- Myrtle Beach, South Carolina – People travel to this stunning beach from all over the US to rest and relax, and trust us, it is worth the hype.
- McLeod Plantation Historic Site, South Carolina – For a glimpse into the bleak chapters from American history, take an interactive tour of the Georgian-style mansion showcasing the slave cabins facing the massive preserved plantation grounds.
- Pon-Pon Chapel of Ease, South Carolina – Satisfy your inner history buff by visiting this historic church. Built over 250 years ago, it is one of the few monuments representing American religious architecture.
- Savannah National Wildlife Refuge, South Carolina – Straddling the border of South Carolina and Georgia, this refuge covers 30,000 acres and plays a huge role in conserving several bird and animal species. Also, it is an excellent spot for enjoying outdoor activities.
- Pinball Palace, Georgia – Was pinball one of your favorite computer games growing up? If yes, you must visit this classic pinball arcade in Georgia.
- McIntosh Sugarmill Park, Georgia – What was once a thriving sugar plantation is today a site of the sugar mill ruins. You can picnic under the oak trees and leisurely tour the park.
- St. Augustine Alligator Farm Zoological Park, Florida – This is one of the region's top tourist attractions, where you can observe many reptiles, birds, animals, and alligators.
- Ponce de Leon Inlet Lighthouse & Museum, Florida – A National Historic Landmark, this lighthouse was built in the 1800s. One of the tallest lighthouses in the country, catch breathtaking views of the Atlantic from this site.
The Charlotte Route
- Columbia Museum of Art, South Carolina – Located in downtown Columbia, the museum has an extensive collection of historical and contemporary permanent exhibits. The museum often showcases interesting temporary exhibitions, making it popular with the artists.
- Riverbanks Zoo & Garden, South Carolina – The zoo is one of the top tourist attractions in Columbia because of its massive variety of birds, animals, and reptiles, including a gorgeous botanical garden and penguin enclosure.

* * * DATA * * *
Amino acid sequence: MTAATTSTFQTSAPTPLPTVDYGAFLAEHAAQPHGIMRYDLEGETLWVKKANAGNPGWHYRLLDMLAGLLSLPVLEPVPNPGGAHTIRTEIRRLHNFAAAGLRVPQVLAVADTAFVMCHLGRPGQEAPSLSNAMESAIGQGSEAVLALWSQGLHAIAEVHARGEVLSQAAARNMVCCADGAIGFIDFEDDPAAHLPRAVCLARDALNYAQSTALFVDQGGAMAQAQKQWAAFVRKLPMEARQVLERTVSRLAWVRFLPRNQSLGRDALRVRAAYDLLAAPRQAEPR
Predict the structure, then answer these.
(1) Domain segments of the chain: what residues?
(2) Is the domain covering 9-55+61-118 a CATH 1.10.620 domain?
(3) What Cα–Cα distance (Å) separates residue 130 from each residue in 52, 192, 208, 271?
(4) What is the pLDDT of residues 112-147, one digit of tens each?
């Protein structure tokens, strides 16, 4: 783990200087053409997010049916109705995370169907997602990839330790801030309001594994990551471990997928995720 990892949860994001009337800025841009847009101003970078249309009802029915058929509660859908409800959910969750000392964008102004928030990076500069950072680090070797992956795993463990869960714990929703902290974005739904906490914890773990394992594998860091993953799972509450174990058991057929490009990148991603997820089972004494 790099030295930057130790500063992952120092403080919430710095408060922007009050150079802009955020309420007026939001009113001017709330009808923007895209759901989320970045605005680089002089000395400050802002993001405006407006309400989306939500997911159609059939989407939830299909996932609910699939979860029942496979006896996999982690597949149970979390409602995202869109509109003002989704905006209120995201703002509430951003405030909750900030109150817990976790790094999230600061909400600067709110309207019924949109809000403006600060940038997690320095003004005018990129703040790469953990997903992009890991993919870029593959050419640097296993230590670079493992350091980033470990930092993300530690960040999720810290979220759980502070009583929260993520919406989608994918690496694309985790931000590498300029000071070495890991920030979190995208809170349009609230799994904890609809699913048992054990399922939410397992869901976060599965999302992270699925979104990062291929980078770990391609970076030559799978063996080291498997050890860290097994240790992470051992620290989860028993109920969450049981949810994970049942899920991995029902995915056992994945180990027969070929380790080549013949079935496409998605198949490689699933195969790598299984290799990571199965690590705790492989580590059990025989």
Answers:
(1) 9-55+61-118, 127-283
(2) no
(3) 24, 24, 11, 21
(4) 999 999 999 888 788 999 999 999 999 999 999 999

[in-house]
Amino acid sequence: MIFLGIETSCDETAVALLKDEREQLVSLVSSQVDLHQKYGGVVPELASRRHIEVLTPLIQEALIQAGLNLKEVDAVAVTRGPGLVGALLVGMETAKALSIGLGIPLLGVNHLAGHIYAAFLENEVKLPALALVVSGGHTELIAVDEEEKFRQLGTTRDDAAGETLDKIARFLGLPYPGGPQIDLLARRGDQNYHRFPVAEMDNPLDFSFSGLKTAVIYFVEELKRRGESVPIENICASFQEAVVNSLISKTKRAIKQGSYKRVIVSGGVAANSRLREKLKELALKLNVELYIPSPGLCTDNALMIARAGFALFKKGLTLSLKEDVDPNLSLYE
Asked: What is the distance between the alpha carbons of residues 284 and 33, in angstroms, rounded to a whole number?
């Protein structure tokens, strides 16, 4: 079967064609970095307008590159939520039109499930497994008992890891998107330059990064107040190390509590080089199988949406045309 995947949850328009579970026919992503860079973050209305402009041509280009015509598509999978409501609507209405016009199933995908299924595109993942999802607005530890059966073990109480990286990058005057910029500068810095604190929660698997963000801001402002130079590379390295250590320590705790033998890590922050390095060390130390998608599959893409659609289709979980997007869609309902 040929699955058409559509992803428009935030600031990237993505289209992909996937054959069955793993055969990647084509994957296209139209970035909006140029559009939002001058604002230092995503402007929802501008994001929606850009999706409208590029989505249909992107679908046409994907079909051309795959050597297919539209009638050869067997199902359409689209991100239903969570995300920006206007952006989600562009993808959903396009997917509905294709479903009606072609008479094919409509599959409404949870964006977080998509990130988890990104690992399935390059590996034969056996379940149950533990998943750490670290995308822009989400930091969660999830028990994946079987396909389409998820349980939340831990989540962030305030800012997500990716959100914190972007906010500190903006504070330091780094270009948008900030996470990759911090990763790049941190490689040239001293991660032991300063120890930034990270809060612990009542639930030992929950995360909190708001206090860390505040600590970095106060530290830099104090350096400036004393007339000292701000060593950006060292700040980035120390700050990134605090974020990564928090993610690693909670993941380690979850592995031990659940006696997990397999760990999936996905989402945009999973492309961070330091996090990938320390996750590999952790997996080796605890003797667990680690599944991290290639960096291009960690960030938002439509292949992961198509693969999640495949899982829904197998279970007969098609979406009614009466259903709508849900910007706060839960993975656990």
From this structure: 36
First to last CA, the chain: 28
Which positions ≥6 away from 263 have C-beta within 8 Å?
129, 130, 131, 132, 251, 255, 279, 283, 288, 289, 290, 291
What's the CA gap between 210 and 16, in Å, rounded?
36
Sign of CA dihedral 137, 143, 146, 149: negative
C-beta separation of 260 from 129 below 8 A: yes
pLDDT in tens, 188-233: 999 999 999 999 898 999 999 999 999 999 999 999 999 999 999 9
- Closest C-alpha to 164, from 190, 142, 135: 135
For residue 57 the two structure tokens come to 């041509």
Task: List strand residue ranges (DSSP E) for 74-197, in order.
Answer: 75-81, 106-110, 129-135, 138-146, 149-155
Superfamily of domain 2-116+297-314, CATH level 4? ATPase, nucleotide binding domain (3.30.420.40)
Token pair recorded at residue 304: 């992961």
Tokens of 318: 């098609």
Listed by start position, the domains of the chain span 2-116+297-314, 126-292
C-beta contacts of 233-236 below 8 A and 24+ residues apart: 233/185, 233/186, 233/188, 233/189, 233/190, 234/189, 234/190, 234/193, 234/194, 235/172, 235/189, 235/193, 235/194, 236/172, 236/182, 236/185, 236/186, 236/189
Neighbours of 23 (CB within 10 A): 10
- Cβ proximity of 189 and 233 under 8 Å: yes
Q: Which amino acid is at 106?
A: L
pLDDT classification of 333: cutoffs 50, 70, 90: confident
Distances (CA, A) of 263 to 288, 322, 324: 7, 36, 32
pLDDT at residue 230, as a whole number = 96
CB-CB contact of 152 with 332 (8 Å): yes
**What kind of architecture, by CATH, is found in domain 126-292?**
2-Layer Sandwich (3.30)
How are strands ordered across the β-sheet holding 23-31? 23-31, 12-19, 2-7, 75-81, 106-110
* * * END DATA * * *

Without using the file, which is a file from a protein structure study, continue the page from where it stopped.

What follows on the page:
- Redcliffe Plantation State Historic Site, South California – For a quick history lesson on American slavery, check out the plantations, mansion, and slave quarters at this historic site. You could also take guided tours to explore the property further.
- Valdosta, Georgia – Located in Southern Georgia, this city is a perfect stopover point to stretch your legs and grab a bite. The sight of the bloomed azaleas is one to behold.
- Stephen Foster Folk Center Museum, Florida – Built in honor of the legendary musician, the museum showcases the regional Folk history. Here, you'll come across the world's largest tubular bell instrument, a massive 200-foot-tall Carillion tower that'll blow your mind away.
- Gainesville, Florida – Soak in the Southern vibes as you chill in this laid-back university town of Gainesville.
- Marjorie Kinnan Rawlins Historic State Park, Florida – This historic property is a 1930s farmhouse that belonged to Marjorie Kinnan, a Pulitzer Prize winner that's been repurposed as a museum dedicated to her life and work.
- Dade Battlefield Historic State Park, Florida – This historical site marks the location of a significant American Indian battle. Today, this place has been transformed into a community hub, and you can enjoy many live events and picnics amidst the lush greenery.
- Boyett's Grove & Citrus Attraction, Florida – This place's best feature is its feeding zoo. You can also enjoy outdoor fun activities like a mini golf course and drink some Florida Citrus.
Best time to go on a road trip from North Carolina to Orlando, Florida
Orlando, Florida, is one of the best year-round destinations, thanks to the many theme parks and the stunning sunny weather. It remains a top favorite among tourists, especially in summer.
Summers are long and hot, ranging between 69 and 91 degrees Fahrenheit. At times, it could get hotter, and you may find the place extraordinarily humid and cloudy. If you wish to visit the theme parks, be warned that summer is the peak season, and you might have to wait in long queues.
Winters in Orlando are short-lived, and you can expect fewer tourists, except during the holiday season. If you visit in winter, know it is not very cold, and the temperature varies between 52 and 74 degrees Fahrenheit, occasionally dipping to 40 degrees.
So overall, the weather is pleasing and presents no harm in planning this road trip in winter; just that you might miss clear skies.
The spring and fall seasons are less crowded than the summer, so that you may get cheaper accommodations. The temperature averages around mid-fifties and mid-seventies Fahrenheit and is excellent for planning this road trip to Orlando.
Orlando has a great Orlando Renaissance Festival in December and a Light Up UCF during Christmas. The city also hosts the Florida Strawberry Festival and Girls in Wonderland during the summer, Florida Puerto Rican Parade & Festival, GayDays Orlando, Bach Festival, and Indie Folkfest during the spring season.